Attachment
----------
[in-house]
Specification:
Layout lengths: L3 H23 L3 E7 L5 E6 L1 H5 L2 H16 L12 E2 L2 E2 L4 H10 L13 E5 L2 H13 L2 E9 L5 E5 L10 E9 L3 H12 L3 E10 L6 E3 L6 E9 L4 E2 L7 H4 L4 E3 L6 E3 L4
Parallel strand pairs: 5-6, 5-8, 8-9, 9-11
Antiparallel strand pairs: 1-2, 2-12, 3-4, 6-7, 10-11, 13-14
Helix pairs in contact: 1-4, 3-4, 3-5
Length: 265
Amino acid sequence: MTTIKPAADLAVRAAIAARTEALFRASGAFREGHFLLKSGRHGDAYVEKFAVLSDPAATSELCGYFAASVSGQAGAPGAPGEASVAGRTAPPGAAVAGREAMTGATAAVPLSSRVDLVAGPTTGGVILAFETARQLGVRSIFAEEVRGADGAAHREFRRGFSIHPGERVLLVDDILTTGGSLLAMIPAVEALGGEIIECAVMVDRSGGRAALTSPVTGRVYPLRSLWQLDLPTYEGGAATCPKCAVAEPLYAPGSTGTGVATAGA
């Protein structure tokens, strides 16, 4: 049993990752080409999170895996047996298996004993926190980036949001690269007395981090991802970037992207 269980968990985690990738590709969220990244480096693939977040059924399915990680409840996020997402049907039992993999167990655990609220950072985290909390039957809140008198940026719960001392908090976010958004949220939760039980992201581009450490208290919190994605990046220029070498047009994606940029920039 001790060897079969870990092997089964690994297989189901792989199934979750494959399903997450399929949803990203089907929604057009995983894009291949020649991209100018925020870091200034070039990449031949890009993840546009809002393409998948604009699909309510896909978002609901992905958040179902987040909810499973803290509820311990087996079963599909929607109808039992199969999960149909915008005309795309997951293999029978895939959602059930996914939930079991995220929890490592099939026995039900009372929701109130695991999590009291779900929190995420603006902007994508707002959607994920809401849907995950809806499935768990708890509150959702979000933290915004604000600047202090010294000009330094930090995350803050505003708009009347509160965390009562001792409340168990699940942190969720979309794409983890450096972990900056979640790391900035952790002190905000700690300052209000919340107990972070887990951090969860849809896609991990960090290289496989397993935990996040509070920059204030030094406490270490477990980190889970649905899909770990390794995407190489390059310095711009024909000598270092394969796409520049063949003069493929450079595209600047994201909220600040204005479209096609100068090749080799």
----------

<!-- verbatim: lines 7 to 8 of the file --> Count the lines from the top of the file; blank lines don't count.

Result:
Length: 265
Amino acid sequence: MTTIKPAADLAVRAAIAARTEALFRASGAFREGHFLLKSGRHGDAYVEKFAVLSDPAATSELCGYFAASVSGQAGAPGAPGEASVAGRTAPPGAAVAGREAMTGATAAVPLSSRVDLVAGPTTGGVILAFETARQLGVRSIFAEEVRGADGAAHREFRRGFSIHPGERVLLVDDILTTGGSLLAMIPAVEALGGEIIECAVMVDRSGGRAALTSPVTGRVYPLRSLWQLDLPTYEGGAATCPKCAVAEPLYAPGSTGTGVATAGA